10+ Year Old Lemon Cypress
I have a Wilma Monterey Cypress / Cupressus Macrocarpa / Lemon Cypress tree I grew from babyhood into the magnificent, thick, large, towering, nearly two-story height over the course of 10+ years. I love this tree with all my heart. It survived ice-storms, snowstorms, and with my loving care, became the most magnificent tree I ever had. I recently had someone abusive and belligerent enter my garden from the back gate. It took me some time to convince the person to leave. They were alone with my tree in the back. After they left, I placed a lock on the back gate. However, within a matter of weeks, my 10+ year-old tree, who had always been magnificently healthy, began turning brown from the inside out. The very top dried out, and while initially the outside foliage still looked magnificent, the entire inside, from bottom to top, began to turn brown, dry and die. There were a couple of "Weed-Be-Gon" types of products on the shelves below my back deck. If the person had poured weed killer in the base of my tree, would this explain what is happening to a 10+ year-old tree who always until then was the epitome of magnificent health, vigor, wellness, and radiance? If not, what could possibly ignite such a radical, abrupt and sudden downfall? All of my other trees are still in perfect health. They are all in large half-barrels (since I rent). The person knew how much I love this tree.
Thank you in advance for your kind insights!
Washington County Oregon
In general, growing lemon cypress is not difficult. The trees require well-draining soil, but are not picky about whether it is loamy, sandy or chalky. They also accept acidic, neutral or alkaline soil.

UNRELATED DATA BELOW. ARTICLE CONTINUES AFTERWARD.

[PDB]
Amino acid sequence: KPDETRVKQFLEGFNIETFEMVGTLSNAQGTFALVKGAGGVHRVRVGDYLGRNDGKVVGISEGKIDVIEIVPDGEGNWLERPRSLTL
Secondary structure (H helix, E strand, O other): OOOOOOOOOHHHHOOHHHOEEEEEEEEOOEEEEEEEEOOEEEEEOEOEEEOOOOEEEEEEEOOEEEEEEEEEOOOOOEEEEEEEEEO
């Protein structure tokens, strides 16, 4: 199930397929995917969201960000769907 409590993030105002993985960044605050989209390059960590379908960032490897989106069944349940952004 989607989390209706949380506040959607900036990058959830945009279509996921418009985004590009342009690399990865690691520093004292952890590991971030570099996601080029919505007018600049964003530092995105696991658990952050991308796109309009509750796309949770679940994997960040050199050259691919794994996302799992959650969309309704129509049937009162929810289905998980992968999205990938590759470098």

If you are growing lemon cypress in your backyard, you’ll need to learn about care for lemon cypress outdoors. They thrive in U.S. Department of Agriculture plant hardiness zones 7 through 10. Lemon cypress trees cannot survive shade, so you’ll need to plant your outdoor tree in a sunny spot.
And don’t neglect irrigation, especially immediately after planting. During the tree’s first growing season, you’ll need to water twice a week. Watering is always an important part of care for lemon cypress outdoors. After the first year, water whenever the soil is dry. Don’t forget water – essential for lemon cypress. They won’t forgive you if you don’t give them drenching once a week – you’ll see brown needles appear.
In spring, it’s time to feed the tree. Apply a standard, slow-release 20-20-20 fertilizer before new growth appears in the spring.
If your intruder emptied the contents of your “weed-be-gone” herbicide around the root zone of your tree and it was watered in then your tree could certainly be suffering from herbicide damage. If your tree is in a container as the other trees you mentioned, then it could also be suffering from that confinement.
Hope this helps!